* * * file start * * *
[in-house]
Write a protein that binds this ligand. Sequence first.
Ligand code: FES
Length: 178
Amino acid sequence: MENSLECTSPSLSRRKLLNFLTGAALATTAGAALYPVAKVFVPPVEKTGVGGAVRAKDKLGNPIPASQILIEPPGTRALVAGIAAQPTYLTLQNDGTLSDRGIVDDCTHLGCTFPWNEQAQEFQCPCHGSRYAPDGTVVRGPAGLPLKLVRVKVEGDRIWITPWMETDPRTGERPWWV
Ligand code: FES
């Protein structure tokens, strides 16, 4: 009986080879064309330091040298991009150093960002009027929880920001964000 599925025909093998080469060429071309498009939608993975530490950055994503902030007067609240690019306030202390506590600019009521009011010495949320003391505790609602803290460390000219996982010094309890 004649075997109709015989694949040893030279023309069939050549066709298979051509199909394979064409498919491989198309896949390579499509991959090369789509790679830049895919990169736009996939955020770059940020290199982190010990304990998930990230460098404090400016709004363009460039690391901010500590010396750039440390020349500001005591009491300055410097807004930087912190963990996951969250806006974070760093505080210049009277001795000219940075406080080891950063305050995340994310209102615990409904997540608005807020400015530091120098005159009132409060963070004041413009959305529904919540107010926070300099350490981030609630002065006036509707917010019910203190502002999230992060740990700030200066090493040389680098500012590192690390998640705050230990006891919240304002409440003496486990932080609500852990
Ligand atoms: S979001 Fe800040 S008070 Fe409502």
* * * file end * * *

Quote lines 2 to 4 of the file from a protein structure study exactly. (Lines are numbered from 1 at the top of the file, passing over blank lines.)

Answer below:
Write a protein that binds this ligand. Sequence first.
Ligand code: FES
Length: 178